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Ohio's jobless numbers start to play in the gubernatorial race
FitzGerald says Kasich must answer for economic policies and slowing job growth

Jo Ingles
What do the latest jobless numbers say about Gov. Kasich's economic plan?
Courtesy of flickr/TAX CREDITS
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In The Region:

Ohio’s unemployment rate rose in June. In fact, the U.S. Department of Labor says the state ranked second in the nation for the most job losses. Ohio Public Radio’s Jo Ingles reports on the numbers and the political fallout from them.

LISTEN: Ingles on jobs and the gubernatorial race

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Gov. Kasich says Ohio’s economy has improved significantly since he took office.  Speaking to business leaders a couple of months ago, Kasich said revenues are up.

“We’ve had about a $10 billion turnaround in two years. I come in, we are $8 billion in the hole. … And we are now going to be, at the end of the fiscal year, with about a $2 billion surplus.  And that’s in two years.”

Federal and state statistics prove revenues are indeed up in Ohio. So is the number of housing permits issued. And the number of new business filings is also increasing. But likely Democratic gubernatorial candidate Ed Fitzgerald says new federal and state numbers prove things are not looking up for the state’s overall economy.

“There have been a lot of comments made by the governor that the Ohio economy is a miracle. These latest statistics are the most recent example that is not the case.”

FitzGerald says the new numbers raise questions about Kasich's narrative
Numbers from the U.S. Department of Labor and the state Department of Job and Family Services show Ohio’s unemployment rate rose in June to 7.2 percent. That’s up from May’s jobless rate of 7 percent.  The statistics show Ohio lost 12,500  jobs in June.  And only Tennessee lost more jobs last month.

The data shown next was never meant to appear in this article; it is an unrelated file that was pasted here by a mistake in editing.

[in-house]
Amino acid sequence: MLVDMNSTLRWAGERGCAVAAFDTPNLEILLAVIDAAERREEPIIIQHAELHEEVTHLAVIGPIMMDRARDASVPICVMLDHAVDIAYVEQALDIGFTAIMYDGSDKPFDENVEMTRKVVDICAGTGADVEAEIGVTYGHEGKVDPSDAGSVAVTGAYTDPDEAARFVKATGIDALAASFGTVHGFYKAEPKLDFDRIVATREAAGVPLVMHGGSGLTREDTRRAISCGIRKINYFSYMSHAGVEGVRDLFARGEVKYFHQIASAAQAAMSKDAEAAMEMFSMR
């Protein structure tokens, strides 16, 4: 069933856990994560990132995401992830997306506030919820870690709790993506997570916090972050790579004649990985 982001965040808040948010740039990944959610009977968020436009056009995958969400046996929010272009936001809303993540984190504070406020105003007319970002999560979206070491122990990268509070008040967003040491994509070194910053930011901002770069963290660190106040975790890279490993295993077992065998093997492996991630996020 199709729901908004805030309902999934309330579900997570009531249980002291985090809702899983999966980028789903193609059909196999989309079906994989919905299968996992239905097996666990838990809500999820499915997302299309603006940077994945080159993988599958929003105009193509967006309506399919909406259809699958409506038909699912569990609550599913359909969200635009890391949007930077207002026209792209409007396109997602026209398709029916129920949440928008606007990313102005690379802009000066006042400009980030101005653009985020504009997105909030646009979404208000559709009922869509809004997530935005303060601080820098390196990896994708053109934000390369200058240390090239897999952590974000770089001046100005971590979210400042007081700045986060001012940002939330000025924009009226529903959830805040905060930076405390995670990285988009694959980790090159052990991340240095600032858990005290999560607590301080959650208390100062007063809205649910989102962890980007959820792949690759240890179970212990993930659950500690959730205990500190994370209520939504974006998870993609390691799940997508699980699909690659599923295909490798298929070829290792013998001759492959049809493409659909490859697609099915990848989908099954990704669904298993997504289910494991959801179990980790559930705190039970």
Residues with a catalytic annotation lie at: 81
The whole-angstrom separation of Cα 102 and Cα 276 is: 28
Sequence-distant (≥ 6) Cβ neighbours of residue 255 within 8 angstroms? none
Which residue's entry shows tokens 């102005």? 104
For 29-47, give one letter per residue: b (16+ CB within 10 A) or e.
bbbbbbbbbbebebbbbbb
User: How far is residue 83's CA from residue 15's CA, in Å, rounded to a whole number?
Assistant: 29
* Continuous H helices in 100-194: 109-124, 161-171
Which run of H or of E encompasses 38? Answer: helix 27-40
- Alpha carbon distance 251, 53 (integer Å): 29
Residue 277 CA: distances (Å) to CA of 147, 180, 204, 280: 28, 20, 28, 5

There’s another trend here, too.  Ohio’s growth rate is 0.3 percent over the past year while the growth rate for the nation is more than 1.6 percent.  Fitzgerald says these numbers prove Ohio is on the wrong track.

“There’s been an overall economic improvement in the country. And the question is: Are we above average or below average in terms of job creation in the last year or so?  And the answer is: It’s not just this month’s bad job numbers.

“The fact is if you go back 12 or 13 months, we are consistently below the national average.  And the budget that just passed is not going to help the situation any.  The fact that sales taxes are going up for everybody, the fact that virtually everybody’s property taxes are going to go up -- this is going to make the state a less attractive place to do business.”

Kasich says he sees sustained growth
So where are the major job losses in Ohio?  The statistics show more than half of the jobs lost in June were local government jobs.  FitzGerald says those jobs are teachers, firefighters, police officers and others that make a community thrive. And he says those job losses are due to Gov. Kasich and his fellow Republicans, who cut state funding to local communities in the past couple of years.

In a written statement, Kasich spokesman Rob Nichols takes a different view of the jobs situation in Ohio.  Nichols says, “Ohio’s labor force grew by 6,000 last month and by 27,000 so far this year because so many Ohioans have a renewed confidence in Ohio’s economic opportunities.”

Nichols says Ohio has to keep pushing forward with job friendly policies that work, fiscal responsibility, tax cuts, streamlined regulations and workforce training so more Ohioans can share Ohio’s economic recovery.

Ohio’s unemployment rate remains better than the nation’s unemployment rate.  It stands at 7.6 percent.

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